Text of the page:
Do case studies really work for SMEs?

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Is your content a bit tired?

Case studies can help. The statistics have shown this time and time again. Case studies are statistically the favourite content of B2B buyers. According to copyhackers.com, nearly 64% of survey respondents share case studies with colleagues. On top of this, the content walks the buyer through the customer journey before they embark on it themselves. They can stop to appreciate all the nice touches you’ve added to the journey along the way. This helps to calms doubts and fears that can create resistance.

So here you have a genre that is evidenced and can fit into any niche. All in all, it’s a great way to diversify your content and add authority to your brand.

The case for storytelling

The human appetite for stories is literally insatiable. For our mammal brains, stories are more addictive than sugar. In various studies, it has been shown that we automatically create narratives from seemingly disconnected events in order to create meaning. This helps us make sense of a chaotic world.

So, if we hear that “on a dark and windy night Paul crept up the stairs”, our interest is piqued. Why is he creeping? Who is Paul? Our brain wants to know, even if he’s made up.

Try this one, “A man walked up the stairs…” Not so much.

The named example meets the specificity criterion, i.e. we needs specifics to believe it. This need for detailed information also extends to numbers, hearing a statistic like “74.4%” is far more intriguing than “roughly ¾”. This curiosity is all part of the same mechanism.

Paul Zak, a Neuroeconomist and head of ZESTx Labs, claims that we are so tuned in to the act of storytelling, that we will act in response to a story for up to an hour after it’s told.

What else does that show? Well, it is evidence that stories are not only influential, but they are also memorable.

What can it do for you?

It’s not one size fits all: 

First of all, a copywriter works out your needs. Who is your target audience?  A small local business may have a basic story that explains how diligent they are, whereas a B2B product will often be sold on the technical details. Knowing your customer is crucial here.

Content that keeps giving: 

Done. Your case study is shiny, polished and ready to go. What’s next? Well, the content can be repurposed depending on your needs. There are many formats, and the data you gather can be fit into any of them.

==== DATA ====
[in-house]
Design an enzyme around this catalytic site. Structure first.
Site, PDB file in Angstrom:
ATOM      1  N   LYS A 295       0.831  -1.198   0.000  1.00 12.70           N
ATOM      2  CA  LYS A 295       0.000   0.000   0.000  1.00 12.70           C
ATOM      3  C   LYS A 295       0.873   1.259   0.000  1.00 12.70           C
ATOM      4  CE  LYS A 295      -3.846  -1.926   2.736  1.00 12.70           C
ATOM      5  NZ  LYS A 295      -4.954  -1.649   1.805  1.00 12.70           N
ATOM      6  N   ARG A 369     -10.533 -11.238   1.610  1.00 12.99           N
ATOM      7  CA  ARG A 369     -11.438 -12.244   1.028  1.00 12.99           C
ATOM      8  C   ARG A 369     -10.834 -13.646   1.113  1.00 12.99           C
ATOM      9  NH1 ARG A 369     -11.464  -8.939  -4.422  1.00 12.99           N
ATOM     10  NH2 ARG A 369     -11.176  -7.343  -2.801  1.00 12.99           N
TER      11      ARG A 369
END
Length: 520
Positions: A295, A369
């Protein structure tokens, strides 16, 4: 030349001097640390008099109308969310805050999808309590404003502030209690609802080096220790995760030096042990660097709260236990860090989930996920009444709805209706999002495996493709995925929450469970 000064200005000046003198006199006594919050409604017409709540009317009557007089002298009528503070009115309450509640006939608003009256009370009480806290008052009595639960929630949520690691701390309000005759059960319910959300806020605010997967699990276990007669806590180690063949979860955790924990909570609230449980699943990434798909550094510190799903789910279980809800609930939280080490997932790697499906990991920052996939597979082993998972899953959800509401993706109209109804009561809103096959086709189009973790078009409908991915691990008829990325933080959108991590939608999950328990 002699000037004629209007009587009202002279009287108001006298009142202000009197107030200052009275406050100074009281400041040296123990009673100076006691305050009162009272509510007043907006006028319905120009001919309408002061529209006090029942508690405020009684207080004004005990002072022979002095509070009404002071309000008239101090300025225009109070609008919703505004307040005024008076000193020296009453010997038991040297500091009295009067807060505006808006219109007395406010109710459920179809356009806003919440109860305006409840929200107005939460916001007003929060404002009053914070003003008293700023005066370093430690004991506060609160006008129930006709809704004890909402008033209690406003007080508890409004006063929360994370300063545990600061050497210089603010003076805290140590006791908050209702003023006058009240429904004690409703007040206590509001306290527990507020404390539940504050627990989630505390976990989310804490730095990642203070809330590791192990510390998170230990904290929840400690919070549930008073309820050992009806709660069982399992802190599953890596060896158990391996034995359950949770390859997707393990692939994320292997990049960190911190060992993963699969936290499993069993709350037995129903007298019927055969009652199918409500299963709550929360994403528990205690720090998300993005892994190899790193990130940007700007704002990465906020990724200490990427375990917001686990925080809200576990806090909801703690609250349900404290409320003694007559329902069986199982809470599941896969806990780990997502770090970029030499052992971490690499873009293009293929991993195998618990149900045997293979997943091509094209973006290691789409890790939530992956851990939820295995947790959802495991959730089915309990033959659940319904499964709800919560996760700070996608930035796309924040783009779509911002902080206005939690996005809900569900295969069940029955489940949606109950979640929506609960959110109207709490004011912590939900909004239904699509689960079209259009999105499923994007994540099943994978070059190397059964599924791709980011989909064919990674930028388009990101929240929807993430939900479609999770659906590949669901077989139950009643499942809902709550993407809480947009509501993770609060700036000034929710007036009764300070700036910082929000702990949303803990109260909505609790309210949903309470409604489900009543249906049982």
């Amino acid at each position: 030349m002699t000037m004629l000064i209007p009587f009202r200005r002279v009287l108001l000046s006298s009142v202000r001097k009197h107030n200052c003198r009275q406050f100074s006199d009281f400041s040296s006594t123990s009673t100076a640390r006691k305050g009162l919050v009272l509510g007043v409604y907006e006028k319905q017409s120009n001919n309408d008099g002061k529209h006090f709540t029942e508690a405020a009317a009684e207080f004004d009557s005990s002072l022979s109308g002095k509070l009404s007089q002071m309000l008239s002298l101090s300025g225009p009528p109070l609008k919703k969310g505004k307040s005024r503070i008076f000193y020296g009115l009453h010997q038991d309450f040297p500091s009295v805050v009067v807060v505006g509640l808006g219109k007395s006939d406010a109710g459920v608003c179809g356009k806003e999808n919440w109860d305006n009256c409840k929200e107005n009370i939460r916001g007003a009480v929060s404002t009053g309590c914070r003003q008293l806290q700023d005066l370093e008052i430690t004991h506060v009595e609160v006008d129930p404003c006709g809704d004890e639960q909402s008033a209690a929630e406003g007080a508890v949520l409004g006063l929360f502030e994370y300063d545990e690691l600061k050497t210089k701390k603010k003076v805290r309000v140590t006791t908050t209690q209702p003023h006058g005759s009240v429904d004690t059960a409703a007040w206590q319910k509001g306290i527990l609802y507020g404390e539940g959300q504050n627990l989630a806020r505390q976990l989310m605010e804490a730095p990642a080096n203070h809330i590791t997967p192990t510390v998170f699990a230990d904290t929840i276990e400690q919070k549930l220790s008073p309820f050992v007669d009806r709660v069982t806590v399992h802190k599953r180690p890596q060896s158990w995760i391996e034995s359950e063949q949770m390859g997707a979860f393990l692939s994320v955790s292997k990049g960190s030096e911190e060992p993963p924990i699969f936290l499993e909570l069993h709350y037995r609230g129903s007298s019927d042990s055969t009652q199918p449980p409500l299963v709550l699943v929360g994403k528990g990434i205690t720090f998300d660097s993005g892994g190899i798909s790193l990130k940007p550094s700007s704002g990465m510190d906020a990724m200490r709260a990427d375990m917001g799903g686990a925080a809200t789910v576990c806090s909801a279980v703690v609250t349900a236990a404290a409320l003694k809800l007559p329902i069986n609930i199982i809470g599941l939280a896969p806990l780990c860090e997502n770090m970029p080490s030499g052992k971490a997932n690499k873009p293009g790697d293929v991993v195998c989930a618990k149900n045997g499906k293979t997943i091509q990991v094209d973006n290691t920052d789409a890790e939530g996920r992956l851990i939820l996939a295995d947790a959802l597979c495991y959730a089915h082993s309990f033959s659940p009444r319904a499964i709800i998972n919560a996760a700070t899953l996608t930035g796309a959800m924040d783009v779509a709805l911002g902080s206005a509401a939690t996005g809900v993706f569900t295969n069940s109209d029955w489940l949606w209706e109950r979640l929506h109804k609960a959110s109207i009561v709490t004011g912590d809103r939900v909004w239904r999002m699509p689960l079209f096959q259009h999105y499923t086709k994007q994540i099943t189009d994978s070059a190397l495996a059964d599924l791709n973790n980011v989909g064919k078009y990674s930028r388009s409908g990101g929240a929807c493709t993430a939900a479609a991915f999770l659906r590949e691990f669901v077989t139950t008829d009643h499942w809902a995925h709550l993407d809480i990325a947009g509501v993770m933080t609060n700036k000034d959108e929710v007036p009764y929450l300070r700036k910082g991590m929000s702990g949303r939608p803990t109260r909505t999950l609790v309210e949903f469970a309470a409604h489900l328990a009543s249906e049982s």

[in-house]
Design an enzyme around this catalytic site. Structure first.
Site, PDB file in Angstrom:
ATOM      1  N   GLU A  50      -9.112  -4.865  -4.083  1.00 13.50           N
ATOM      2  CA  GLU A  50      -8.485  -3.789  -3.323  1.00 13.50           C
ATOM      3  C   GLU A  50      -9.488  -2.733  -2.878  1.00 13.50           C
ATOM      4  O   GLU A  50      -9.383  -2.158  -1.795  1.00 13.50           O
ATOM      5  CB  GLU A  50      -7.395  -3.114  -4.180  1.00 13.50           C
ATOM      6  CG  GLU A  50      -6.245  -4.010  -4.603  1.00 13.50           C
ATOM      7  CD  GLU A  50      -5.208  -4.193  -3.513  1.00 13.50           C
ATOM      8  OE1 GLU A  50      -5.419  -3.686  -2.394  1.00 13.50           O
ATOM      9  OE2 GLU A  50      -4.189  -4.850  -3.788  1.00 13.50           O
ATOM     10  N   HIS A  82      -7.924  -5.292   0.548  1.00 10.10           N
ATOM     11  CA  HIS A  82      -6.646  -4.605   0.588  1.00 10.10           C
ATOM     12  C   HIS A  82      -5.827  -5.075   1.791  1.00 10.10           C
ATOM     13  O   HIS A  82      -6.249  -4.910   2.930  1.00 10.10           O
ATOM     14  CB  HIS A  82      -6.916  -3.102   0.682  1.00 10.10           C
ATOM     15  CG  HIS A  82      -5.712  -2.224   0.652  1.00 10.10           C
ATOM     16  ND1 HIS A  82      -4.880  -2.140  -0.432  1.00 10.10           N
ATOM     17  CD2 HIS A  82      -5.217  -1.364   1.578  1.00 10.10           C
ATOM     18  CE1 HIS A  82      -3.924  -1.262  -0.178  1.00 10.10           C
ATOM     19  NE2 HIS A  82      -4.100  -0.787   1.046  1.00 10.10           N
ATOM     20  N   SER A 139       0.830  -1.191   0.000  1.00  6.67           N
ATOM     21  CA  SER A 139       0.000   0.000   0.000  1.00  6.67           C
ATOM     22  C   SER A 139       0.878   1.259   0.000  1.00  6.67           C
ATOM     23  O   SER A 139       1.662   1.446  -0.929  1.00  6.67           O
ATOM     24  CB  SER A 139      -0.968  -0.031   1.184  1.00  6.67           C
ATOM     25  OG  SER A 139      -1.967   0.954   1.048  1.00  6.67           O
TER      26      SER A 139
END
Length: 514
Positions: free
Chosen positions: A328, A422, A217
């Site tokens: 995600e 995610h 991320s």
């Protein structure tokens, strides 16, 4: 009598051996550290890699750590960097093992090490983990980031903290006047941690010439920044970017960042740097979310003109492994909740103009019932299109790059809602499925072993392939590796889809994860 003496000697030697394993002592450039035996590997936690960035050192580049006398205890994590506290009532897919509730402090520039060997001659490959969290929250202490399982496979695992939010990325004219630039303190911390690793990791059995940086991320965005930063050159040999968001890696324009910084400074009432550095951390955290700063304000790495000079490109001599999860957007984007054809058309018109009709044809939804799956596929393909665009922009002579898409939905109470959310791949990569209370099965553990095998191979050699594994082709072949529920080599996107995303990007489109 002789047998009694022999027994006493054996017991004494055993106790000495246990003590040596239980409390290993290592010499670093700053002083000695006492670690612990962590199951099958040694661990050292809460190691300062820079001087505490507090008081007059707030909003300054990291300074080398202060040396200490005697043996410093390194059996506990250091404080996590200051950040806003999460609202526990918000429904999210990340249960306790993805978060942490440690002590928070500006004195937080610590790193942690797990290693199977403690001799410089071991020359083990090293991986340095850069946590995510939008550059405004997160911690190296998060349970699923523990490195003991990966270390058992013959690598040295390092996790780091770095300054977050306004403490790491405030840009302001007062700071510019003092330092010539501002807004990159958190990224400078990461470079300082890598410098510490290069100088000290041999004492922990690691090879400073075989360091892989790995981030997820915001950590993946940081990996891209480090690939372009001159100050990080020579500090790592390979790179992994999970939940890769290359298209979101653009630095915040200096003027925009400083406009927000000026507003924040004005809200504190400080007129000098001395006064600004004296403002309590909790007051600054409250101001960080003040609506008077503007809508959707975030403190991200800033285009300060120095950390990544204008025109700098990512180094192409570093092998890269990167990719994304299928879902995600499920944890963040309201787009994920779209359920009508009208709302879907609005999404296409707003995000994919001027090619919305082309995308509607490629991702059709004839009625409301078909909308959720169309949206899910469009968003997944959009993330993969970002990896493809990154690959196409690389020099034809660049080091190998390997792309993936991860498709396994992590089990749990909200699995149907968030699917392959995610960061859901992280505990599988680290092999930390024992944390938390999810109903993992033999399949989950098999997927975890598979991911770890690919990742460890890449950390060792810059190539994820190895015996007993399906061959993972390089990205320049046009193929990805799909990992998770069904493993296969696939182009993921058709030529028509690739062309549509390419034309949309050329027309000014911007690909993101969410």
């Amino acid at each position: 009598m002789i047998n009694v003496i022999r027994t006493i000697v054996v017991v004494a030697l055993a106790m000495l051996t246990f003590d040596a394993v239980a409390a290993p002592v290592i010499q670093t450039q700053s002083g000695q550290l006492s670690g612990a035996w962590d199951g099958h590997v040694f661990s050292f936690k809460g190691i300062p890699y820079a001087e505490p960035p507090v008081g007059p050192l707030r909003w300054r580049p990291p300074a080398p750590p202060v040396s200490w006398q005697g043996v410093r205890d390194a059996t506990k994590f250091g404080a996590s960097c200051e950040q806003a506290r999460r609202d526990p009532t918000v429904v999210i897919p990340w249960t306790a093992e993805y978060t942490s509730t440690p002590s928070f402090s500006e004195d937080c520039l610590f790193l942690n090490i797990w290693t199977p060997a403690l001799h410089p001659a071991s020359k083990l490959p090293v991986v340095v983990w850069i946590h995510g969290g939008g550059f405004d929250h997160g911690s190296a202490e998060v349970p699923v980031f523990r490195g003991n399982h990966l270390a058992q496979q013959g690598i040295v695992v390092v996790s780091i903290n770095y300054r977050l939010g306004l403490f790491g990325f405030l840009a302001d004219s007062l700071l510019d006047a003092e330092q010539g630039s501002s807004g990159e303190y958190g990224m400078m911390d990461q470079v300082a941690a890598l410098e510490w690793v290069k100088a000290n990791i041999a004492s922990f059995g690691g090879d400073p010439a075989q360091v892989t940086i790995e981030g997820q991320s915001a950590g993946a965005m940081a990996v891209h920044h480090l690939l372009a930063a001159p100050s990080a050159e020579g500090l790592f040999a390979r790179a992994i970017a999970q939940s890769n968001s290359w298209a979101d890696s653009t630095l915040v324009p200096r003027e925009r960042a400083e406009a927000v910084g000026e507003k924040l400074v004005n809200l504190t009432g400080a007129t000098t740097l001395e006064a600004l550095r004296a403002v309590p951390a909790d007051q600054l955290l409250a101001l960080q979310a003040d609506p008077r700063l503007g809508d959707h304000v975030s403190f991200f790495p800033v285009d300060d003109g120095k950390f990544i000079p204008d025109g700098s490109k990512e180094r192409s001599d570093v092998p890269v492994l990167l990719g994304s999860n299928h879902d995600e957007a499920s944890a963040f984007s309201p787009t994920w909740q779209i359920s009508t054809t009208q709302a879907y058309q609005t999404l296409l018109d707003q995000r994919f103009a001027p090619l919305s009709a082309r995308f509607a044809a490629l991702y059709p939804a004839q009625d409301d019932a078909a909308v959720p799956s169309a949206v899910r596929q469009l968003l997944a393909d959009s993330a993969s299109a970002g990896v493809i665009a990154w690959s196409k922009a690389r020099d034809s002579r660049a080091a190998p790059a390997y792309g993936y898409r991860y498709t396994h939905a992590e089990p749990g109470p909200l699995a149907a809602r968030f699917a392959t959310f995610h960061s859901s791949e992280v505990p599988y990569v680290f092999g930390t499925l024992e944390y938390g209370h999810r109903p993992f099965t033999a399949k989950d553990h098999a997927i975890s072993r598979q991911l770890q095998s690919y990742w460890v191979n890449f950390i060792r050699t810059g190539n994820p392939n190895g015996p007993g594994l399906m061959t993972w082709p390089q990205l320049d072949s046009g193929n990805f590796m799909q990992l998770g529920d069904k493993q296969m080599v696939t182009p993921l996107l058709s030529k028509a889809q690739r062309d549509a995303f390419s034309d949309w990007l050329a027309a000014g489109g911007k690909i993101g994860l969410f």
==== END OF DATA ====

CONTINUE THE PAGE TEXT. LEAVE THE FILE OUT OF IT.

A taster can be prepared for social media, boiling down the most important statistics.

Alternatively, some platforms require mid-sized case studies, with some of the finer details left out. These one are great for cold emails, when your audience is pressed for time and patience.

Finally, there’s long-form case studies. These allow for elaboration on your key points, including developed perspectives from customers, extensive quotes, and more.

In this way, one piece of content can have many different purposes and fit in with various business needs.

Then what?

From there you can do any of the following:

  • Add links to your website
  • Add links to your business cards
  • Use case studies at trade shows
  • Use them as the basis to create video content
  • Link them with your blog content
  • Show them as a sign of authority and trustworthiness

The first steps to creating great case studies

So you’ve decided to go ahead and give it a try and you’re wondering how to get started. Here are the steps you need to take:

  1. Mine your past sales for stand-out stories. These will focus on attributes of your business that you want to emphasise and fit with your broader business objectives.
  1. Be careful not to miss the story – they aren’t always obvious. A lot of companies go the extra mile and forget to shout about it – it’s just the way they always operate so they wouldn’t think to tell anyone.
  1. Reach out to the customer to get quotes and testimonials. Happy customers are often happy to share their experience.
  1. Get in touch and I can write it up!

Summary

So I told you how great case studies are for many different reasons. They connect to our human need for stories, they react to the ever-growing desire for social proof of a product, and most importantly they really work. The evidence shows this every time.

Your case study can be spun into many different formats depending on your needs and, importantly, deciding which story to use forces you to reflect on your customer journey. This can have knock on effects for the whole business if you realise something you’d previously missed.

I hope I’ve made my case! To find out more about what I offer, get in touch at philwesternwrites@gmail.com.

Comment

9 Replies to “Do case studies really work for SMEs?”

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